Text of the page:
Amex falls as profit forecast fails to match rosiest predictions
American Express Co. said it still expects to boost profits this year. It wasn’t enough.
Shares of the credit-card lender fell in late trading after it reiterated that 2018 earnings would be at the high end of the previously forecast range of $6.90 to $7.30 in 2018, which would exceed 2017 results.
Analysts had expected the New York-based firm to boost its forecast as consumers increased spending on its cards. Worldwide billed business, a measure of customer card spending, did jump 10 percent to $296.5 billion in the second quarter, topping analysts’ estimates of $294.1 billion.
The world’s largest credit-card issuer by purchases said revenue climbed 9 percent to $10 billion in the second quarter, just missing the $10.1 billion average of 21 analyst estimates compiled by Bloomberg.
Shares dropped 3.7 percent to $100 at 4:31 p.m. in extended New York trading. The stock has climbed 4.8 percent this year.
Amex has had to cut prices so that more merchants will accept its cards, in a quest to reach parity coverage with Visa Inc. and Mastercard Inc. next year. That means customers will start seeing Amex’s blue logo at smaller stores that have long held out against the cards because of higher fees. AmEx has warned the company’s discount rate, a measure of the fees it charges merchants, will decline by 5 to 6 basis points this year.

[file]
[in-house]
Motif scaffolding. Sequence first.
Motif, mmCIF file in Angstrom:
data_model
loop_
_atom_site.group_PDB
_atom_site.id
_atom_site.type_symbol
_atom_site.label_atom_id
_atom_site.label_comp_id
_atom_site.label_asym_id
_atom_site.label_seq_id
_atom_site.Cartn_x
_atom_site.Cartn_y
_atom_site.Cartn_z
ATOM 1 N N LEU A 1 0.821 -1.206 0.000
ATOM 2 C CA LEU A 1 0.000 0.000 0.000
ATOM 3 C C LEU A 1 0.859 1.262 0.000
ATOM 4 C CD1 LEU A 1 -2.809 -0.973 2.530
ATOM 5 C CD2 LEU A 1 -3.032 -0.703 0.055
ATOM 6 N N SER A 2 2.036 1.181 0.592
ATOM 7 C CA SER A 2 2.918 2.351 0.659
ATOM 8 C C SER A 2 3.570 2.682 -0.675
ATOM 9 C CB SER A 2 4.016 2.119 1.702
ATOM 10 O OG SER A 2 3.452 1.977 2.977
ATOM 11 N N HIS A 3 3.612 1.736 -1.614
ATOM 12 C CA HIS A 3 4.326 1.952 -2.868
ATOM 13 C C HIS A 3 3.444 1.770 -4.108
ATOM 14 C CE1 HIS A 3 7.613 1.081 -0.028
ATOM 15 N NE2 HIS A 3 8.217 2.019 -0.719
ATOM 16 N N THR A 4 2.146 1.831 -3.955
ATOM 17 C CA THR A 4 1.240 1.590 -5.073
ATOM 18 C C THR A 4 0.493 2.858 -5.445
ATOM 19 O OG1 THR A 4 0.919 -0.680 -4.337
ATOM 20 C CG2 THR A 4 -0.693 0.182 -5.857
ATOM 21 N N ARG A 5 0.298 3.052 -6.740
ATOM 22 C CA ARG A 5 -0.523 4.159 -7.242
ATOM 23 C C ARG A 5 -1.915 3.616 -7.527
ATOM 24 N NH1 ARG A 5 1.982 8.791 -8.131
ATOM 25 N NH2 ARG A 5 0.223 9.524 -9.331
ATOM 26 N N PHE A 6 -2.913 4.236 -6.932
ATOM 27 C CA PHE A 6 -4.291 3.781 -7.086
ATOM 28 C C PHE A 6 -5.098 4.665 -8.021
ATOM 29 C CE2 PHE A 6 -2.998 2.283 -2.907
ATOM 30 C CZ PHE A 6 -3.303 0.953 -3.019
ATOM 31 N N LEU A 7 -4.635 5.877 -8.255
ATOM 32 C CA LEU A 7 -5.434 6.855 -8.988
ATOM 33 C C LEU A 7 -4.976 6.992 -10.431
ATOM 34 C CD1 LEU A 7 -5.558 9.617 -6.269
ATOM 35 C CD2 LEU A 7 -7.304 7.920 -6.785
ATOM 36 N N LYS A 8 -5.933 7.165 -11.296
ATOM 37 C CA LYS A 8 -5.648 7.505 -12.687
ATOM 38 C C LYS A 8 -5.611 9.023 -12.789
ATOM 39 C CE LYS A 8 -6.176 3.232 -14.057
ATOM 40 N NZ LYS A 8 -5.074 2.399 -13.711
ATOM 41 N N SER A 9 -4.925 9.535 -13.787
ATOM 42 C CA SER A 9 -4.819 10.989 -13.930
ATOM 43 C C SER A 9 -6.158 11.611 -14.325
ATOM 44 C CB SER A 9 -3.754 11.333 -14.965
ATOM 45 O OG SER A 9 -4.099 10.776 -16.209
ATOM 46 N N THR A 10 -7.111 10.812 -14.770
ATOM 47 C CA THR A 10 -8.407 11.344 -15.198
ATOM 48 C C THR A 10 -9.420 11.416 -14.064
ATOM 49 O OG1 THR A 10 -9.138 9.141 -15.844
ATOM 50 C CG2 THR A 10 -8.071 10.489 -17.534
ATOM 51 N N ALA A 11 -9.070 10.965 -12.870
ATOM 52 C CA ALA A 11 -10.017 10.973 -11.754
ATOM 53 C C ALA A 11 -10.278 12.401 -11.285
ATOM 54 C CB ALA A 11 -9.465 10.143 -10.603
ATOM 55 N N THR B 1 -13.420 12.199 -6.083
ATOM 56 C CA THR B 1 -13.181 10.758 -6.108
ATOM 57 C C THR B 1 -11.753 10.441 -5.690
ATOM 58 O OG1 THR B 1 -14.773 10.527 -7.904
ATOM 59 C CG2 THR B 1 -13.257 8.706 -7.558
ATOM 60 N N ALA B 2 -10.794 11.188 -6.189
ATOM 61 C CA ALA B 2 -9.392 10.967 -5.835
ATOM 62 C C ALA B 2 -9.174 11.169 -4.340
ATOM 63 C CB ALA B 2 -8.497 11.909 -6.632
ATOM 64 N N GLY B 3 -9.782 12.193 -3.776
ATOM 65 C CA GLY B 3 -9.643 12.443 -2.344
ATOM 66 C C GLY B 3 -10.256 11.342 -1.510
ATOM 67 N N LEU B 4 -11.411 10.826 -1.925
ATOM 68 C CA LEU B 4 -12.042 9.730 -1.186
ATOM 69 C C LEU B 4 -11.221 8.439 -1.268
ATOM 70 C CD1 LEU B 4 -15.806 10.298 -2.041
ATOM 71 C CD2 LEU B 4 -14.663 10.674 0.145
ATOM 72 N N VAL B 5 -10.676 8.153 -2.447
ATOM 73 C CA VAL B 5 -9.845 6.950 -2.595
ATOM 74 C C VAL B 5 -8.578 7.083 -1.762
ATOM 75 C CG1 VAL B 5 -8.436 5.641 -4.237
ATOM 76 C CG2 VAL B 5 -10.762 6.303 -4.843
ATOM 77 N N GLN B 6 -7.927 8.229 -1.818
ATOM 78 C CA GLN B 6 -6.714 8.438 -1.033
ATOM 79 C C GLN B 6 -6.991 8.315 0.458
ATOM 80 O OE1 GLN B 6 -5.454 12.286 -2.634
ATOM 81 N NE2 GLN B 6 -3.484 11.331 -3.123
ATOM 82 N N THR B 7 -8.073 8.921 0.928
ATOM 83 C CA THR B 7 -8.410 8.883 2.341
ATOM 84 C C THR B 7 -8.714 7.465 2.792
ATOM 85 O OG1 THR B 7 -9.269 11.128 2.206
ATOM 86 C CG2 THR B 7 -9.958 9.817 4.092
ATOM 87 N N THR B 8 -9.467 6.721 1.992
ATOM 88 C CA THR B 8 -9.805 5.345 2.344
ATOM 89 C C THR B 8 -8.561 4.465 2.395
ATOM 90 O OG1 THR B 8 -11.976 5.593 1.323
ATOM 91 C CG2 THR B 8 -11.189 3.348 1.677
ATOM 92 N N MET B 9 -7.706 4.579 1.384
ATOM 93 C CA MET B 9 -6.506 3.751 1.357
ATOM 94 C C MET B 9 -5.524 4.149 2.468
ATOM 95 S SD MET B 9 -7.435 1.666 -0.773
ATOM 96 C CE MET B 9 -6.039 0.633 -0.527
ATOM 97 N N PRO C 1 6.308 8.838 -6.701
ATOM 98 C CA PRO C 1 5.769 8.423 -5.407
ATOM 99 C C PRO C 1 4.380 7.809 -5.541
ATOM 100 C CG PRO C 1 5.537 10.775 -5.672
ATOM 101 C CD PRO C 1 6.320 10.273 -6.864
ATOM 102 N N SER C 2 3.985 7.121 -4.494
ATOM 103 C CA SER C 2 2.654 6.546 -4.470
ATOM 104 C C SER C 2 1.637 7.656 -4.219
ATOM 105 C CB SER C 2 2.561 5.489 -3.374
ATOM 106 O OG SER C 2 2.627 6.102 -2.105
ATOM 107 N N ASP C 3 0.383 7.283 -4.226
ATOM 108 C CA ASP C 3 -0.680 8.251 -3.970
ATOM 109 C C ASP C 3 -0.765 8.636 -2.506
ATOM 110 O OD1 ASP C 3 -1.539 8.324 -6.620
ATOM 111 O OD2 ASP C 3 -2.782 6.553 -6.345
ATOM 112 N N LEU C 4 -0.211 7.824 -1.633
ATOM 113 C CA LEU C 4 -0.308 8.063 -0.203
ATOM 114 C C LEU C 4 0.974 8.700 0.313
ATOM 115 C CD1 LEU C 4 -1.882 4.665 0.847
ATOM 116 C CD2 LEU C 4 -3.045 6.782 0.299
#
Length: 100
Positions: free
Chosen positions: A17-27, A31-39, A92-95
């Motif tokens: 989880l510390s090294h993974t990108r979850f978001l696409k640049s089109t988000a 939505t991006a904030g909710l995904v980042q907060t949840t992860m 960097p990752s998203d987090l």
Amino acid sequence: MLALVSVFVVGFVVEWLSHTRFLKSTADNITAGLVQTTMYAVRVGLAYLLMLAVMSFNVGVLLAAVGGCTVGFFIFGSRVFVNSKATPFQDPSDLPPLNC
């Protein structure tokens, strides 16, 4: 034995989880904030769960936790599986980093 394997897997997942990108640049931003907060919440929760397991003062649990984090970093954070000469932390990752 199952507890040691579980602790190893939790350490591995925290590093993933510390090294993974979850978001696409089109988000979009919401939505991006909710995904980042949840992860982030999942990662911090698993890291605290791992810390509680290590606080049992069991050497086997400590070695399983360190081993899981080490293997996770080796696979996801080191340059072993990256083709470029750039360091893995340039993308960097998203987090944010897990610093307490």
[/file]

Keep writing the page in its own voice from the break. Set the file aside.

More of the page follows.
Amex won a years-long legal battle in the second quarter when the U.S. Supreme Court threw out a lawsuit filed by the U.S. government and 11 states that accused the firm of thwarting competition by prohibiting merchants from steering customers to cards with lower fees.
Here’s a quick summary of key numbers from Amex’s results for the second quarter, announced Wednesday in a statement:
Net income increased 21 percent to $1.62 billion, or $1.84 a share, from $1.3 billion, or $1.47, a year earlier. The average estimate of 27 analysts surveyed by Bloomberg was for adjusted profit of $1.83 a share. Expenses jumped 7 percent to $7.1 billion, fueled by an increase in marketing and business development costs. That was better than the $7.26 billion analysts had predicted. The credit-card firm had to set aside $806 million to cover souring loans in the quarter. That was better than the $825 million average of 17 analyst estimates compiled by Bloomberg.